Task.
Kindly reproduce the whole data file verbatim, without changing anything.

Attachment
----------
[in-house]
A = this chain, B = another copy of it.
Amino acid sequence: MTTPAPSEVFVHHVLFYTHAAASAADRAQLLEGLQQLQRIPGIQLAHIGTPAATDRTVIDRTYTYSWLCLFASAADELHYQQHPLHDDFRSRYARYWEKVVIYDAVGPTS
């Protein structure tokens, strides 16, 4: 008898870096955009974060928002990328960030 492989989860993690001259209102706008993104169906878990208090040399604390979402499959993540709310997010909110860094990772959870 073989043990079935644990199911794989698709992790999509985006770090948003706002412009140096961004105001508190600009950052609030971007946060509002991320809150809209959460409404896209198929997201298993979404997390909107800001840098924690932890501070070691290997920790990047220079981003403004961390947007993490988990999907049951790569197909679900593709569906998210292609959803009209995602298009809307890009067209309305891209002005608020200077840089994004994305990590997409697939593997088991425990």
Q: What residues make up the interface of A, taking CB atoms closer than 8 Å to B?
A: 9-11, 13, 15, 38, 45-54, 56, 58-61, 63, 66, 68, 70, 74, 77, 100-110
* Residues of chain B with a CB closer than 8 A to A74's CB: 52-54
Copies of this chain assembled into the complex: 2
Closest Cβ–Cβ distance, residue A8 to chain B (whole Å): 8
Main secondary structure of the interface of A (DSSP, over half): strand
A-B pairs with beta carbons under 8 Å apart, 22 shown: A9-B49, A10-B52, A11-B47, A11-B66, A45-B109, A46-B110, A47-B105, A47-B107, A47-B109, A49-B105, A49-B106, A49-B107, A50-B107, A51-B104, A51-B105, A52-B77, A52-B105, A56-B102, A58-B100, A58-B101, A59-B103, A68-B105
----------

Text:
[in-house]
A = this chain, B = another copy of it.
Amino acid sequence: MTTPAPSEVFVHHVLFYTHAAASAADRAQLLEGLQQLQRIPGIQLAHIGTPAATDRTVIDRTYTYSWLCLFASAADELHYQQHPLHDDFRSRYARYWEKVVIYDAVGPTS
């Protein structure tokens, strides 16, 4: 008898870096955009974060928002990328960030 492989989860993690001259209102706008993104169906878990208090040399604390979402499959993540709310997010909110860094990772959870 073989043990079935644990199911794989698709992790999509985006770090948003706002412009140096961004105001508190600009950052609030971007946060509002991320809150809209959460409404896209198929997201298993979404997390909107800001840098924690932890501070070691290997920790990047220079981003403004961390947007993490988990999907049951790569197909679900593709569906998210292609959803009209995602298009809307890009067209309305891209002005608020200077840089994004994305990590997409697939593997088991425990």
Q: What residues make up the interface of A, taking CB atoms closer than 8 Å to B?
A: 9-11, 13, 15, 38, 45-54, 56, 58-61, 63, 66, 68, 70, 74, 77, 100-110
* Residues of chain B with a CB closer than 8 A to A74's CB: 52-54
Copies of this chain assembled into the complex: 2
Closest Cβ–Cβ distance, residue A8 to chain B (whole Å): 8
Main secondary structure of the interface of A (DSSP, over half): strand
A-B pairs with beta carbons under 8 Å apart, 22 shown: A9-B49, A10-B52, A11-B47, A11-B66, A45-B109, A46-B110, A47-B105, A47-B107, A47-B109, A49-B105, A49-B106, A49-B107, A50-B107, A51-B104, A51-B105, A52-B77, A52-B105, A56-B102, A58-B100, A58-B101, A59-B103, A68-B105